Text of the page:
College Athletes Should Be Paid

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College athletes generate millions of dollars for their schools each year, yet they are not allowed to be compensated beyond a scholarship due to being considered amateurs. College athletes are some of the hardest working people in the nation, having to focus on both school courses and sports. Because athletics take so much time, these student-athletes are always busy. College football and basketball are multi-billion dollar businesses. The NCAA does not want to pay the athletes beyond scholarships, and it would be tough to work a new compensation program into the NCAA and university budgets. College athletes should be compensated in some form because they put in so much time and effort, generating huge amounts of revenue.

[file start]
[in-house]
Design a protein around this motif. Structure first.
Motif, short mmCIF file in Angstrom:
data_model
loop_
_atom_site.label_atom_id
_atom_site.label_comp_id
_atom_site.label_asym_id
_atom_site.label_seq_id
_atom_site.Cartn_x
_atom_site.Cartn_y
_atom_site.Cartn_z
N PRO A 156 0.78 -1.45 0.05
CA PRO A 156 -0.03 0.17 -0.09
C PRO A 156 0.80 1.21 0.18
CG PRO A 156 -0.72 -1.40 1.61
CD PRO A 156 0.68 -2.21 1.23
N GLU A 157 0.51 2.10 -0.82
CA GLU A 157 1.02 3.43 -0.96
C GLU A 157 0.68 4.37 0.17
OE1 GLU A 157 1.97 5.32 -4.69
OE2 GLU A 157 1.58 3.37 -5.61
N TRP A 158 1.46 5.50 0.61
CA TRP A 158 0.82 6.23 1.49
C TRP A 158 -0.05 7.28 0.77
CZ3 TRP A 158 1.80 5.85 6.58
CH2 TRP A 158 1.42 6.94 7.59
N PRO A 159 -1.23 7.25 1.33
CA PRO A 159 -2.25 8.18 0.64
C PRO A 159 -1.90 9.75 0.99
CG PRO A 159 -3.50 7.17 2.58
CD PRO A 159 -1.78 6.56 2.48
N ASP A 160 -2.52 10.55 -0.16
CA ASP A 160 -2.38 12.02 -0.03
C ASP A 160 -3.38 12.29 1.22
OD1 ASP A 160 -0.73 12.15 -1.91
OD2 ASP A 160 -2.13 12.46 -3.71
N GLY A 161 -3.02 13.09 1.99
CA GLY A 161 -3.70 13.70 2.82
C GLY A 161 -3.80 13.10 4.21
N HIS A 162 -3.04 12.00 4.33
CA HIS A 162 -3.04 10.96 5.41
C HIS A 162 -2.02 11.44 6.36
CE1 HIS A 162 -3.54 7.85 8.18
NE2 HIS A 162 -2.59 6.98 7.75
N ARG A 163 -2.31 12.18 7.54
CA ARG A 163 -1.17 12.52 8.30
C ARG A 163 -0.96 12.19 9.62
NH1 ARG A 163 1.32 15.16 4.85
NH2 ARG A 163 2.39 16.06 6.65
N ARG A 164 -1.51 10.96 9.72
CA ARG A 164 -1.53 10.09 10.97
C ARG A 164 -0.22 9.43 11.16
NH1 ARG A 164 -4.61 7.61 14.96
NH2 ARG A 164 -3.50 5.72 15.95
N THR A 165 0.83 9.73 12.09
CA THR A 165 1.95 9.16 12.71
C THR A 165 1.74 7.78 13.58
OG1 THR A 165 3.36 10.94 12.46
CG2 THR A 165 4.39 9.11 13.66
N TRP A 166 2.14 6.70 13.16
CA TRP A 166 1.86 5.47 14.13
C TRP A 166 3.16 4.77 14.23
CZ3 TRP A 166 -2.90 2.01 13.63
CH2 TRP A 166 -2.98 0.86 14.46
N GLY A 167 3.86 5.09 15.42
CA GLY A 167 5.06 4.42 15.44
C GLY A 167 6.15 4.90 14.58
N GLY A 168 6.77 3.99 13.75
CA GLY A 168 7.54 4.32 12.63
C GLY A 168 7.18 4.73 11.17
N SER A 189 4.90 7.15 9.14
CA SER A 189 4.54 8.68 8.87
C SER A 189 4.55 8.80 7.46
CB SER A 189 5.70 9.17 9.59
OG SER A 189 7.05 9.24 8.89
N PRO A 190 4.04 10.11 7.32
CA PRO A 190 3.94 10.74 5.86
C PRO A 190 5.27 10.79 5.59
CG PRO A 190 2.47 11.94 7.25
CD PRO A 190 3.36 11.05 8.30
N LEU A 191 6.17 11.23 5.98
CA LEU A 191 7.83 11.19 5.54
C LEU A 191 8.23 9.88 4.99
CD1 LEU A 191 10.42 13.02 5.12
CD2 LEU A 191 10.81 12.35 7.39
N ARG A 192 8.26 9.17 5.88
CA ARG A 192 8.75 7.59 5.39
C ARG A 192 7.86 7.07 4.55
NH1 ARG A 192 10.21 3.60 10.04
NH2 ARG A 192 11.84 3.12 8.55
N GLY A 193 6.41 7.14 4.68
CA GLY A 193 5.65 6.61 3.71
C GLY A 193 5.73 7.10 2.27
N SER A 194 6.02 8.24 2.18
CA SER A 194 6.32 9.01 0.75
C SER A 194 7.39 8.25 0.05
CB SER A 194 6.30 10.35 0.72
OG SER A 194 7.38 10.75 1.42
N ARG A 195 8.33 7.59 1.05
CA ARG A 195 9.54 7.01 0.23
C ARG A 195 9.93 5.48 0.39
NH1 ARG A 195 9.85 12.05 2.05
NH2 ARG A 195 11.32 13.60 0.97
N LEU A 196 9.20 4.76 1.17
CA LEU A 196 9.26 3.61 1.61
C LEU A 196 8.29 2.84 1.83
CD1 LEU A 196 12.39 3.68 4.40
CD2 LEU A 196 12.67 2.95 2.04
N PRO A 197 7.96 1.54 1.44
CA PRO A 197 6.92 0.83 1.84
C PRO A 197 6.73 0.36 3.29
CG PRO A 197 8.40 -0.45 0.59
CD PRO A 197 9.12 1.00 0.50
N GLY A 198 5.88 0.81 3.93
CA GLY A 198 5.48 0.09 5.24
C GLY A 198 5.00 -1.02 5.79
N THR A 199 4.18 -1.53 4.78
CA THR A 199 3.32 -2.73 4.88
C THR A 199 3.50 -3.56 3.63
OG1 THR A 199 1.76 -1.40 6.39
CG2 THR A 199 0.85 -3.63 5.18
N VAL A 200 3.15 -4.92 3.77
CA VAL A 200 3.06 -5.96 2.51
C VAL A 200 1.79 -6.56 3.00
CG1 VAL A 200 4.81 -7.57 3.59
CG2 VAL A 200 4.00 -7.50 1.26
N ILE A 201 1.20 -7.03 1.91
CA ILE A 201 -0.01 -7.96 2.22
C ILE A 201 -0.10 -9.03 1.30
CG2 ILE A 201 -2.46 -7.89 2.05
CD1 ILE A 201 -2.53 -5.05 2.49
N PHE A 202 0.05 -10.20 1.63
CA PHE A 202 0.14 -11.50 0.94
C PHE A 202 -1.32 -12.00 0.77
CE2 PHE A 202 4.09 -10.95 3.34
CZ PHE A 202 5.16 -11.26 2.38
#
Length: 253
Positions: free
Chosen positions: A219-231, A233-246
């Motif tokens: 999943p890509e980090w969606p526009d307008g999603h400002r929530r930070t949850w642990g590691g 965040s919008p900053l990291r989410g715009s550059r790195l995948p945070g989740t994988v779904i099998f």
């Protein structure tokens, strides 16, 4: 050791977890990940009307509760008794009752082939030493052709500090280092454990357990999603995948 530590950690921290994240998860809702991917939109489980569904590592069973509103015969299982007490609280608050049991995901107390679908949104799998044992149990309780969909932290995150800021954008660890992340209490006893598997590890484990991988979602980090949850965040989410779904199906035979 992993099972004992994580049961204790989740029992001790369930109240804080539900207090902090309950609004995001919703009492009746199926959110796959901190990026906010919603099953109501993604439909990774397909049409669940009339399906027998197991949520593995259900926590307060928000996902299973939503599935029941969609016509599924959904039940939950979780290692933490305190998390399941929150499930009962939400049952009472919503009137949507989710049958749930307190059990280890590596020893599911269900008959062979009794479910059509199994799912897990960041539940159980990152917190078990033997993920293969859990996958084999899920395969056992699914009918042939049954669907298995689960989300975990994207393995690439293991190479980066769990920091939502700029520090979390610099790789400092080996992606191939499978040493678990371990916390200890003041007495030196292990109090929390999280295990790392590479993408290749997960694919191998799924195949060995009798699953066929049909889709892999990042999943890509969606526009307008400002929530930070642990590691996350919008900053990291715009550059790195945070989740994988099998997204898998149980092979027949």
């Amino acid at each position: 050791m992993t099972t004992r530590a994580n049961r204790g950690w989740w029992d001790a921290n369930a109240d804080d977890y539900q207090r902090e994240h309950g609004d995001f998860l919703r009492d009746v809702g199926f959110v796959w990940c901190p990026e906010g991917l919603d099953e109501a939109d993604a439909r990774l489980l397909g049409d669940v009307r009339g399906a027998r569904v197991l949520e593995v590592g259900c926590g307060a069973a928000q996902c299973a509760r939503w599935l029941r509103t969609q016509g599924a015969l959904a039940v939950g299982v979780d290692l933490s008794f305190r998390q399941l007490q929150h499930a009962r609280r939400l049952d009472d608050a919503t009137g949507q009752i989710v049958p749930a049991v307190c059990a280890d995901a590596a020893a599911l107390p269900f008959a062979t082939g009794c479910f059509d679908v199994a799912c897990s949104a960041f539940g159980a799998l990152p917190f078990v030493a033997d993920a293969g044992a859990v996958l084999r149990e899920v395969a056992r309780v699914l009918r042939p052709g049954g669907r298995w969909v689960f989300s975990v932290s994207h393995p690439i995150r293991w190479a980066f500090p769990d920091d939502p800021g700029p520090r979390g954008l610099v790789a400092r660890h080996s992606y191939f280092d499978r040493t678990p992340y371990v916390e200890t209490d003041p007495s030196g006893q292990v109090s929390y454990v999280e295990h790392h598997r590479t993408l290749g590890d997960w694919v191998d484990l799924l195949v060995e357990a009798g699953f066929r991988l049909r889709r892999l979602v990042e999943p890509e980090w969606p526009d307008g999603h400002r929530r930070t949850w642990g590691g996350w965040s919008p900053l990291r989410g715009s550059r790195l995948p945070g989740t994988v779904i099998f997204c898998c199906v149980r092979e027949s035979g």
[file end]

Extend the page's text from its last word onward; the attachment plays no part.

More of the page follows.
Playing a sport in college is equivalent to working a full-time job (Thomas). There are rules that allow major-college football coaches to only demand twenty hours of the players time each week (Wieberg). However, studies show that those athletes are doubling those hours per week during the season (Wieberg). Other sports are putting in the equivalent of a full time work week (Wieberg). Some NCAA officials are concerned with the amount of time spent stating that beyond forty hours is inhumane (Wieberg). Most of the athletes compete and do whatever it takes to succeed, so they enjoy spending countless hours on sports (Wieberg). Many athletes even have struggles in the classroom because they do not have enough time to study. Student-athletes at top Division I schools think of themselves as athletes more than students (Wieberg). Less than one percent of college athletes actually make it professionally (Wieberg). That means these kids should focus more on their education than on athletics. In reality, these official...

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